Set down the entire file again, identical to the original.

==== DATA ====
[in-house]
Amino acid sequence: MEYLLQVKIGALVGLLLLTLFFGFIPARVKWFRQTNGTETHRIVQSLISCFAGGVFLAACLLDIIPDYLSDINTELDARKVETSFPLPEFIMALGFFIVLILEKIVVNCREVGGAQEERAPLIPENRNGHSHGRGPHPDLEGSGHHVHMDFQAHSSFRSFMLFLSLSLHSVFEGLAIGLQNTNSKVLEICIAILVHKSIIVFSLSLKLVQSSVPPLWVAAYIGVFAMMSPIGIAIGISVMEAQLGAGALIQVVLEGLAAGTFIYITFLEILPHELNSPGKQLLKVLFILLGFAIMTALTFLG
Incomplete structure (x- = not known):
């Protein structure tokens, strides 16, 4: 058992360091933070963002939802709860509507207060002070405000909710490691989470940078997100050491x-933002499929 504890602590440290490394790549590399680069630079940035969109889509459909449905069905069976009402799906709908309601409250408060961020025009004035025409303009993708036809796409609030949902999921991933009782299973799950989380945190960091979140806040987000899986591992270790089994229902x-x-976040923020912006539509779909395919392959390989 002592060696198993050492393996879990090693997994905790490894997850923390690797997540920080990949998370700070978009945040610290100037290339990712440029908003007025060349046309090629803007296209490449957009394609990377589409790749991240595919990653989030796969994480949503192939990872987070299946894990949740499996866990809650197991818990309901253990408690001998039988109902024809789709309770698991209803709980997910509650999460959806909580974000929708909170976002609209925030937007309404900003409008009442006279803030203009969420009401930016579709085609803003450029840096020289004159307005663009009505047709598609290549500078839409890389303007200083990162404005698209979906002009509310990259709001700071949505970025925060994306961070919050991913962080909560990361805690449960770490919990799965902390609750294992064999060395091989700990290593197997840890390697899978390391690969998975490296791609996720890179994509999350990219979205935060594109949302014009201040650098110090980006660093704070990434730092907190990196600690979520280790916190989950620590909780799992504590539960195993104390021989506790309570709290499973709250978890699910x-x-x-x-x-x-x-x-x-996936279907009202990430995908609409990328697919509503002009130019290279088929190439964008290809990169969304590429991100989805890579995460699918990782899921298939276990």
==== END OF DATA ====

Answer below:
[in-house]
Amino acid sequence: MEYLLQVKIGALVGLLLLTLFFGFIPARVKWFRQTNGTETHRIVQSLISCFAGGVFLAACLLDIIPDYLSDINTELDARKVETSFPLPEFIMALGFFIVLILEKIVVNCREVGGAQEERAPLIPENRNGHSHGRGPHPDLEGSGHHVHMDFQAHSSFRSFMLFLSLSLHSVFEGLAIGLQNTNSKVLEICIAILVHKSIIVFSLSLKLVQSSVPPLWVAAYIGVFAMMSPIGIAIGISVMEAQLGAGALIQVVLEGLAAGTFIYITFLEILPHELNSPGKQLLKVLFILLGFAIMTALTFLG
Incomplete structure (x- = not known):
């Protein structure tokens, strides 16, 4: 058992360091933070963002939802709860509507207060002070405000909710490691989470940078997100050491x-933002499929 504890602590440290490394790549590399680069630079940035969109889509459909449905069905069976009402799906709908309601409250408060961020025009004035025409303009993708036809796409609030949902999921991933009782299973799950989380945190960091979140806040987000899986591992270790089994229902x-x-976040923020912006539509779909395919392959390989 002592060696198993050492393996879990090693997994905790490894997850923390690797997540920080990949998370700070978009945040610290100037290339990712440029908003007025060349046309090629803007296209490449957009394609990377589409790749991240595919990653989030796969994480949503192939990872987070299946894990949740499996866990809650197991818990309901253990408690001998039988109902024809789709309770698991209803709980997910509650999460959806909580974000929708909170976002609209925030937007309404900003409008009442006279803030203009969420009401930016579709085609803003450029840096020289004159307005663009009505047709598609290549500078839409890389303007200083990162404005698209979906002009509310990259709001700071949505970025925060994306961070919050991913962080909560990361805690449960770490919990799965902390609750294992064999060395091989700990290593197997840890390697899978390391690969998975490296791609996720890179994509999350990219979205935060594109949302014009201040650098110090980006660093704070990434730092907190990196600690979520280790916190989950620590909780799992504590539960195993104390021989506790309570709290499973709250978890699910x-x-x-x-x-x-x-x-x-996936279907009202990430995908609409990328697919509503002009130019290279088929190439964008290809990169969304590429991100989805890579995460699918990782899921298939276990």